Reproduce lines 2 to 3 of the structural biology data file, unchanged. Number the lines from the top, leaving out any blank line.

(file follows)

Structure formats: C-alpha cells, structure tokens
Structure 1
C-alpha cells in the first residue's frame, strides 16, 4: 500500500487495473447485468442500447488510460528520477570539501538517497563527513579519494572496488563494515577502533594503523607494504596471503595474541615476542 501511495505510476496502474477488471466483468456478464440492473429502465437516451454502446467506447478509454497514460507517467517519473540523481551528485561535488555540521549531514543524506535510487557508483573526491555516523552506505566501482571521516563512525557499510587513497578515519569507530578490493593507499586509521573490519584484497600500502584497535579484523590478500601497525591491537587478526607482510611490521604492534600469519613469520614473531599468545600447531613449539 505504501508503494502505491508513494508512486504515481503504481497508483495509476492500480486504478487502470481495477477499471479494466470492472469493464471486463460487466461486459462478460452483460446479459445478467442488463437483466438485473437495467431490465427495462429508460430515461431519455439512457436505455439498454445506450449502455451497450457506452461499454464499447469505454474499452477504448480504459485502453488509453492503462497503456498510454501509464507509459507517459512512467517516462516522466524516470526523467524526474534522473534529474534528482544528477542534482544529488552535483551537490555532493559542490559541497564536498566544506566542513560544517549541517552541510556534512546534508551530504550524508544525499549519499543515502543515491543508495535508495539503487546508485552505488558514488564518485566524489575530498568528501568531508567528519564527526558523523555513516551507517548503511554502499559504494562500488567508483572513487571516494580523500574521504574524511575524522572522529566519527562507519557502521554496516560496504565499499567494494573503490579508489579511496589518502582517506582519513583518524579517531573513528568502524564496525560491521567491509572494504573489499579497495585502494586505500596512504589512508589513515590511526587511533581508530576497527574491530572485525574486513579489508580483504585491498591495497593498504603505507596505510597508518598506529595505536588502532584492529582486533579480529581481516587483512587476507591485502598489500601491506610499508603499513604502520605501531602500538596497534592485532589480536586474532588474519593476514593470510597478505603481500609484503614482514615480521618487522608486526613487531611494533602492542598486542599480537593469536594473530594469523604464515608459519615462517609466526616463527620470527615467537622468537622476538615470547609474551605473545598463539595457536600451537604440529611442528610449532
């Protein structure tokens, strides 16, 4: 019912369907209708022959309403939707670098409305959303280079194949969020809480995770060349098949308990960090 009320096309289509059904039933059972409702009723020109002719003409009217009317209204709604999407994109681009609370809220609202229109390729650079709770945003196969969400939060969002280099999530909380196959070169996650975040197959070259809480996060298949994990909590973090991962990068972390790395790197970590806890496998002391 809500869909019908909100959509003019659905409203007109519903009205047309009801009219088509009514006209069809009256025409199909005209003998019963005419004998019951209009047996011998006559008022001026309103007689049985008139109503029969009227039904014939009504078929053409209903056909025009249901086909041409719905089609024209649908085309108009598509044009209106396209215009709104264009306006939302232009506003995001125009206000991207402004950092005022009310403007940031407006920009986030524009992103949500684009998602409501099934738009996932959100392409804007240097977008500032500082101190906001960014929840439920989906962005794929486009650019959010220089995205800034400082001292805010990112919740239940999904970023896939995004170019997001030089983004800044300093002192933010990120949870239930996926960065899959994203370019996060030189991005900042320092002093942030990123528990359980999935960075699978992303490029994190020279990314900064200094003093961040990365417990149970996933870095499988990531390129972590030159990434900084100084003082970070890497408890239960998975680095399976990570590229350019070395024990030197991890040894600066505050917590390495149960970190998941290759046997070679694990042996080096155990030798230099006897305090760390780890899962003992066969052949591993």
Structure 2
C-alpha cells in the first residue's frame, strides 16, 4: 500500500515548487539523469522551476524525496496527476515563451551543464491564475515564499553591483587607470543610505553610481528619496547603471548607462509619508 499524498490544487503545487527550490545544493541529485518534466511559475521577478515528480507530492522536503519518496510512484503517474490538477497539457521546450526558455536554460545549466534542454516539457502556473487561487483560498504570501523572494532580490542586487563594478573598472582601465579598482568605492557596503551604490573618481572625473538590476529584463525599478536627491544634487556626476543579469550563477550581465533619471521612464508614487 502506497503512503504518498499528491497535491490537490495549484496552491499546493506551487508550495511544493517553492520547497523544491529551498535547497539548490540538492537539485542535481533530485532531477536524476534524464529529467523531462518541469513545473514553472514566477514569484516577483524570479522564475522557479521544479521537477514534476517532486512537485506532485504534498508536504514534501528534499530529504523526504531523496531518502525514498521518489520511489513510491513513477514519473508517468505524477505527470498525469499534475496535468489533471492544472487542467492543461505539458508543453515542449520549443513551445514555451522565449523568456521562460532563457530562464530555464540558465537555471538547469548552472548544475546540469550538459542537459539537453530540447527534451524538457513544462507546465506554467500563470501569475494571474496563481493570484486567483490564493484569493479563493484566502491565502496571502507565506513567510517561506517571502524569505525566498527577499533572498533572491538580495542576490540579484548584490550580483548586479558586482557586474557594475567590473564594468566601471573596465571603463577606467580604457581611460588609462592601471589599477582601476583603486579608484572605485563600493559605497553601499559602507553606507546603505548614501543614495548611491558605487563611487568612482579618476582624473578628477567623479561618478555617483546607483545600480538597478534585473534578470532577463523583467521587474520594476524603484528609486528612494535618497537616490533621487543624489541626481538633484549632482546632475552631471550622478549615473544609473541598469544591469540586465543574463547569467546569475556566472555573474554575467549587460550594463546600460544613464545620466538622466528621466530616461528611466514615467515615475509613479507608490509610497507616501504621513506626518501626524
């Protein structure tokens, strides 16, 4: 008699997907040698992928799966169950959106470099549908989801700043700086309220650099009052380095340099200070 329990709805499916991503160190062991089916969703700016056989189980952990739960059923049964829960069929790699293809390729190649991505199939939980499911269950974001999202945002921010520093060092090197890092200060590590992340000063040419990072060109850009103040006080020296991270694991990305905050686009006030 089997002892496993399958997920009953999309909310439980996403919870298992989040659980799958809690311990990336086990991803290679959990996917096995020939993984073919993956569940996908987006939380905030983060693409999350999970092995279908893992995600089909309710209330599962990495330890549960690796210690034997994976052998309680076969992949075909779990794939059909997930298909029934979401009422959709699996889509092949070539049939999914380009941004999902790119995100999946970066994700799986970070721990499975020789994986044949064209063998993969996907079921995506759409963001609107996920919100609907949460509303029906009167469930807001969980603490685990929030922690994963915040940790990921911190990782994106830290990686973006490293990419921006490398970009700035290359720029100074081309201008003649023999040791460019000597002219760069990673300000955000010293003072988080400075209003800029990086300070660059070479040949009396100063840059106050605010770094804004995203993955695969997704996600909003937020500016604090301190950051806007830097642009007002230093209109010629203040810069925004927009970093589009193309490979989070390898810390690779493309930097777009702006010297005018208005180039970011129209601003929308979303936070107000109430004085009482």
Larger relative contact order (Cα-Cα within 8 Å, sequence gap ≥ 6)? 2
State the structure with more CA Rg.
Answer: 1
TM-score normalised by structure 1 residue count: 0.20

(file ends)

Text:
Structure 1
C-alpha cells in the first residue's frame, strides 16, 4: 500500500487495473447485468442500447488510460528520477570539501538517497563527513579519494572496488563494515577502533594503523607494504596471503595474541615476542 501511495505510476496502474477488471466483468456478464440492473429502465437516451454502446467506447478509454497514460507517467517519473540523481551528485561535488555540521549531514543524506535510487557508483573526491555516523552506505566501482571521516563512525557499510587513497578515519569507530578490493593507499586509521573490519584484497600500502584497535579484523590478500601497525591491537587478526607482510611490521604492534600469519613469520614473531599468545600447531613449539 505504501508503494502505491508513494508512486504515481503504481497508483495509476492500480486504478487502470481495477477499471479494466470492472469493464471486463460487466461486459462478460452483460446479459445478467442488463437483466438485473437495467431490465427495462429508460430515461431519455439512457436505455439498454445506450449502455451497450457506452461499454464499447469505454474499452477504448480504459485502453488509453492503462497503456498510454501509464507509459507517459512512467517516462516522466524516470526523467524526474534522473534529474534528482544528477542534482544529488552535483551537490555532493559542490559541497564536498566544506566542513560544517549541517552541510556534512546534508551530504550524508544525499549519499543515502543515491543508495535508495539503487546508485552505488558514488564518485566524489575530498568528501568531508567528519564527526558523523555513516551507517548503511554502499559504494562500488567508483572513487571516494580523500574521504574524511575524522572522529566519527562507519557502521554496516560496504565499499567494494573503490579508489579511496589518502582517506582519513583518524579517531573513528568502524564496525560491521567491509572494504573489499579497495585502494586505500596512504589512508589513515590511526587511533581508530576497527574491530572485525574486513579489508580483504585491498591495497593498504603505507596505510597508518598506529595505536588502532584492529582486533579480529581481516587483512587476507591485502598489500601491506610499508603499513604502520605501531602500538596497534592485532589480536586474532588474519593476514593470510597478505603481500609484503614482514615480521618487522608486526613487531611494533602492542598486542599480537593469536594473530594469523604464515608459519615462517609466526616463527620470527615467537622468537622476538615470547609474551605473545598463539595457536600451537604440529611442528610449532